Budget airlines, as you would guess from the name, offer inexpensive tickets -- sometimes as low as $50 for a one-way ticket. They manage this by cutting their own operating costs. How do they cut costs? There are many ways an airline can trim operating expenses, but budget airlines are most well-known for cutting back on passenger luxuries, or making passengers pay for luxuries à la carte. What's behind the success (and sometimes failure) of budget airlines? Do they cut corners on safety? What is it like to fly on a budget airline? In this article, we're going to take a hard look at airline economics and find out how budget carriers stay in the black.
Cost factors independent of safety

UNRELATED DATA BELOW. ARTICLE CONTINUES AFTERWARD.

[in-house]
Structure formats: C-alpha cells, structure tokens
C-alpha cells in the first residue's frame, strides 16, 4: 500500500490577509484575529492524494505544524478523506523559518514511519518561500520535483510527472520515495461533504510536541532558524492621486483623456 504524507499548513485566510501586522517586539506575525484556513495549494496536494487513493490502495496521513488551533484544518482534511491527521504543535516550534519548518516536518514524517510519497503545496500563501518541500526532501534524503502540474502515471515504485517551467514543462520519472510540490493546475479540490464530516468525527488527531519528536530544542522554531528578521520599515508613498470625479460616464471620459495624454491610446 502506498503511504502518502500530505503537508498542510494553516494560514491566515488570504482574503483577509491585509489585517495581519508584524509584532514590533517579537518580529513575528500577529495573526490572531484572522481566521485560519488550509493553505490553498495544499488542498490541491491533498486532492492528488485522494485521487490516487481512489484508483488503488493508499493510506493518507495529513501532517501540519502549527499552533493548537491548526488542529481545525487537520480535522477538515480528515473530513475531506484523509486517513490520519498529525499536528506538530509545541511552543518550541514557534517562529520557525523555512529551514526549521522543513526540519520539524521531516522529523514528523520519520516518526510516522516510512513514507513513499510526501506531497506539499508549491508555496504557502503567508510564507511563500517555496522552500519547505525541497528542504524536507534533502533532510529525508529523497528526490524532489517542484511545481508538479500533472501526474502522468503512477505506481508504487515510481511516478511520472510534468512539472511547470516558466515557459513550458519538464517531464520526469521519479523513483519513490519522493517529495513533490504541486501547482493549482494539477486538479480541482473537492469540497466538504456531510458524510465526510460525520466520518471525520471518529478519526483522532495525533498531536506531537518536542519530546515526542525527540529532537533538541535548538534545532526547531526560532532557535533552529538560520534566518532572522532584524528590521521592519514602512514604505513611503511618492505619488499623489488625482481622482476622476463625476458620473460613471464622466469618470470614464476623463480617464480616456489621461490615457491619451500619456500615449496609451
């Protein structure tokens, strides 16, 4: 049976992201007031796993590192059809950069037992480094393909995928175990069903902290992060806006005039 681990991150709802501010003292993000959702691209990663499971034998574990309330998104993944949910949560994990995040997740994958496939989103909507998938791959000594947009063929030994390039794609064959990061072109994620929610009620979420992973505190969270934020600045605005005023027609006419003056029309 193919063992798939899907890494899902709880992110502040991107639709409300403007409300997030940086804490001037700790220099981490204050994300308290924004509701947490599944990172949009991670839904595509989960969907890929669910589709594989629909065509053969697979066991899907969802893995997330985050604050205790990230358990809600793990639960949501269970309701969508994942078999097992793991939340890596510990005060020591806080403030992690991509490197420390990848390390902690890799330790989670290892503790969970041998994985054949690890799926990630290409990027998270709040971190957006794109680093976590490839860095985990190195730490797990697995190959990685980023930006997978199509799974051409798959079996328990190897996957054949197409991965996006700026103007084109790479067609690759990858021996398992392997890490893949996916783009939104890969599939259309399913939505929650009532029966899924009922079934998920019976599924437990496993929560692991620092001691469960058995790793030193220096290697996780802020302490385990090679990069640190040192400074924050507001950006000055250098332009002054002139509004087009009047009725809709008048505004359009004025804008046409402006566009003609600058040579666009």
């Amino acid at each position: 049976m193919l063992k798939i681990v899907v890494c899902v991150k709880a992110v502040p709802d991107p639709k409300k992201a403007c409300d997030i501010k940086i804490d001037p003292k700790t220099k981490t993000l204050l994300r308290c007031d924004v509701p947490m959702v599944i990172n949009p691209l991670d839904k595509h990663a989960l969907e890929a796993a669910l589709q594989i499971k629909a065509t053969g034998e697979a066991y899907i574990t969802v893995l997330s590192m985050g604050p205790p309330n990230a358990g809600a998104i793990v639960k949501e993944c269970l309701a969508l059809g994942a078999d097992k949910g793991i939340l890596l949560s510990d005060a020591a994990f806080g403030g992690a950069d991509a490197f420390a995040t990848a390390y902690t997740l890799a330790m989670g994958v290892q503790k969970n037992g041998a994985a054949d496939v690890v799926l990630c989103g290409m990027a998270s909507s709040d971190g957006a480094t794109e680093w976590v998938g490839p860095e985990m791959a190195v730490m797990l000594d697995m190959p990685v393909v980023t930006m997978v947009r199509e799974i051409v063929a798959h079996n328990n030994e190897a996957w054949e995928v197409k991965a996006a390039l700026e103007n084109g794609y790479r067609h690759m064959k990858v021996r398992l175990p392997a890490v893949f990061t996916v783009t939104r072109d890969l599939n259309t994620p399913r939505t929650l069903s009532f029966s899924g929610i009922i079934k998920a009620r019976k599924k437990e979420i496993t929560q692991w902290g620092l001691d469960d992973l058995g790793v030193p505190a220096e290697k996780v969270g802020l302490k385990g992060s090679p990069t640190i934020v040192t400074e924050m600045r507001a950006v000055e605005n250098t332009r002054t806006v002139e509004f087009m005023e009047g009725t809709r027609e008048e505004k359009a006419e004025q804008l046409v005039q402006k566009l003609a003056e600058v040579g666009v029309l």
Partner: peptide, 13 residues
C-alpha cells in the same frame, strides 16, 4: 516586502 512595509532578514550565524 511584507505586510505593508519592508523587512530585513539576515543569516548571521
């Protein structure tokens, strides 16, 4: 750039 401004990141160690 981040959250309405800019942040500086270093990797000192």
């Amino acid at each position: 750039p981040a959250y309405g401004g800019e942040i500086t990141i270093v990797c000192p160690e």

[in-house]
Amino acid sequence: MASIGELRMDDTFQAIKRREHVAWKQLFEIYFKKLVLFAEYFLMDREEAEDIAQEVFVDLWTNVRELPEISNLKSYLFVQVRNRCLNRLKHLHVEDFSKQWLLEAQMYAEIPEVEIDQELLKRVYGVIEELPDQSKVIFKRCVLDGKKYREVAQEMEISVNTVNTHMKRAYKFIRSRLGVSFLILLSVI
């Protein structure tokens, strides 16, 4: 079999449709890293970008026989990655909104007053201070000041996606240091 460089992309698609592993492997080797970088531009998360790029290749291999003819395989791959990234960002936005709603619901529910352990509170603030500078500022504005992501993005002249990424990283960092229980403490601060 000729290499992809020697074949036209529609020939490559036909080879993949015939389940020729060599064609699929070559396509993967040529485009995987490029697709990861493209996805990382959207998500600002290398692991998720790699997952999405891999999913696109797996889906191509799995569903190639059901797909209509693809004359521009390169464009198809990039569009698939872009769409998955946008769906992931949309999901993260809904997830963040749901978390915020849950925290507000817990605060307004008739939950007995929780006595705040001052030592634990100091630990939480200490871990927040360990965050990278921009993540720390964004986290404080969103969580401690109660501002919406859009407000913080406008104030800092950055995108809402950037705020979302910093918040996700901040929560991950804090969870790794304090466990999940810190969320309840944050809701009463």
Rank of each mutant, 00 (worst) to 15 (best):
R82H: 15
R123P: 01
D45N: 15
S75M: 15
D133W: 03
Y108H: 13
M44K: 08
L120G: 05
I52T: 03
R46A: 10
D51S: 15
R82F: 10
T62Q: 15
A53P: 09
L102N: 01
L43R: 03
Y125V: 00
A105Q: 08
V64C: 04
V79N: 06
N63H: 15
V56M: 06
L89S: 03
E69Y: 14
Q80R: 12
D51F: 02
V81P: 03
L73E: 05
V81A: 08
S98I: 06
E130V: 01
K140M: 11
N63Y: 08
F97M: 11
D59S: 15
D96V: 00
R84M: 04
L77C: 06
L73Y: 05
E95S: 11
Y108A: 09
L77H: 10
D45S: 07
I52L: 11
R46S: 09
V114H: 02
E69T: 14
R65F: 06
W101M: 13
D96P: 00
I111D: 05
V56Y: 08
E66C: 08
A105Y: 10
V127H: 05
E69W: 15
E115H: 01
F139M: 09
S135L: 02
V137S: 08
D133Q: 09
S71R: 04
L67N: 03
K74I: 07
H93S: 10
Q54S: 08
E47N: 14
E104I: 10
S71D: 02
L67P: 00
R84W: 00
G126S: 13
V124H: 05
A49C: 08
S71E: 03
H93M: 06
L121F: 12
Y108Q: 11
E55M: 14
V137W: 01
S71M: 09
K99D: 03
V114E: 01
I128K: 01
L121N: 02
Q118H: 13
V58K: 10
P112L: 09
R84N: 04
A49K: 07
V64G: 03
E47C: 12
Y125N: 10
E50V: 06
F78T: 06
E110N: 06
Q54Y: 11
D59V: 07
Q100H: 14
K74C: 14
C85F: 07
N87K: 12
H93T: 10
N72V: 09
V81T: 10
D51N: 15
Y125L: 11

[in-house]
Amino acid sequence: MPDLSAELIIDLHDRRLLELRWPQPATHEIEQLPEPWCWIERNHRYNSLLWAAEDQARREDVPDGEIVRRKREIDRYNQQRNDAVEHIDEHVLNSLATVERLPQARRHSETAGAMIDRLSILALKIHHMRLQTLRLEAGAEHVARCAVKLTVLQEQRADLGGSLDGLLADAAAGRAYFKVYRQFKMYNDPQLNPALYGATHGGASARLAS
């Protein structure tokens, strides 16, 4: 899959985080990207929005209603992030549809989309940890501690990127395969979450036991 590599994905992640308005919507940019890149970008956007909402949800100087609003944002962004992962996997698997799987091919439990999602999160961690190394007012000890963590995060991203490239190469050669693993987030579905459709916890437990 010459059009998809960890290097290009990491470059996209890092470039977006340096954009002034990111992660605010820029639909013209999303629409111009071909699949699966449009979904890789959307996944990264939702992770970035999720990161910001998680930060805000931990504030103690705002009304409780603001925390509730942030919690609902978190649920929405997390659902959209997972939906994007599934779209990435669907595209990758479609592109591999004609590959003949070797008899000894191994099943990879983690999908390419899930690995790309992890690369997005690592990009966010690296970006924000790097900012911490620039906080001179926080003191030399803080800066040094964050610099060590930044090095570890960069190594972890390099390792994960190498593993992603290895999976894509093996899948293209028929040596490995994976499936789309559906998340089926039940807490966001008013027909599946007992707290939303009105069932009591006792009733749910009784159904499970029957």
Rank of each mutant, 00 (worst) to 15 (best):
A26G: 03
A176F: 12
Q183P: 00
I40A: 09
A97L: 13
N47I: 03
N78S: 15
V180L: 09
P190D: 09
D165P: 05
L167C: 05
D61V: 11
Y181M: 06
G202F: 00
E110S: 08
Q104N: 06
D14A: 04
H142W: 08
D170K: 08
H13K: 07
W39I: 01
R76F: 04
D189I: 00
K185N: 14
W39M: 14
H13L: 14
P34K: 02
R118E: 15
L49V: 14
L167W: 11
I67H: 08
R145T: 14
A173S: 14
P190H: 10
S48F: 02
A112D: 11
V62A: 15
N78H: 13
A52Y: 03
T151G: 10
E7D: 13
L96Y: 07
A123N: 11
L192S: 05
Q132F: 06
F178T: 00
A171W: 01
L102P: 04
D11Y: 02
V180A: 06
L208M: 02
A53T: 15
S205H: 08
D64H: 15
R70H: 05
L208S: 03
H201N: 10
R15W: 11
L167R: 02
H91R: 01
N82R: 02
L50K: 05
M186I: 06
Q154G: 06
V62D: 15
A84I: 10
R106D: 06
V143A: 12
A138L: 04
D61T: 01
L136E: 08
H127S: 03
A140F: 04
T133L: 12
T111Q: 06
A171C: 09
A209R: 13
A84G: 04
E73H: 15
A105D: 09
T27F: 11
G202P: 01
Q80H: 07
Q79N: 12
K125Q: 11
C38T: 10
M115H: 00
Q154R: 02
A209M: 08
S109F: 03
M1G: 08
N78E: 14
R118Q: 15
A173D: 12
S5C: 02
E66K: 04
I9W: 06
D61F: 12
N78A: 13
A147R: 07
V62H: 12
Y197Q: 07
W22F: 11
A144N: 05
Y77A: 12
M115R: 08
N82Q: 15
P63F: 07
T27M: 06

One of the ways that airlines can reduce their costs is by buying fuel at the right time. If they buy kerosene when it is cheap they may be able to save millions of dollars. Another way of cutting expenses is to use only one kind of airplane. This saves money on maintenance, repairs and training pilots. Many budget airlines chose smaller airports to take off and land. A big airport like New York JFK or London Heathrow charges airlines higher fees. Low cost carriers like Ryan Air choose to take their passengers to London Stansted instead of Heathrow. In some cases airlines choose airports that lie between two bigger cities. Airlines do many other things to cut costs. Many offer only one class of seats. They don't have a business class. Some of them do not reserve seats, so passengers can sit wherever they want. They also save on the number of crew members. A lot of money can be saved by selling tickets on their own website instead of through a travel agent. Many airlines try to stay on the ground as little as possible. After landing, the plane is refueled and takes off a short time later. Many budget airlines only offer the real flight. You have to pay for onboard food and drinks. Recently Ryan Air has thought about even charging a toilet fee for its passengers....
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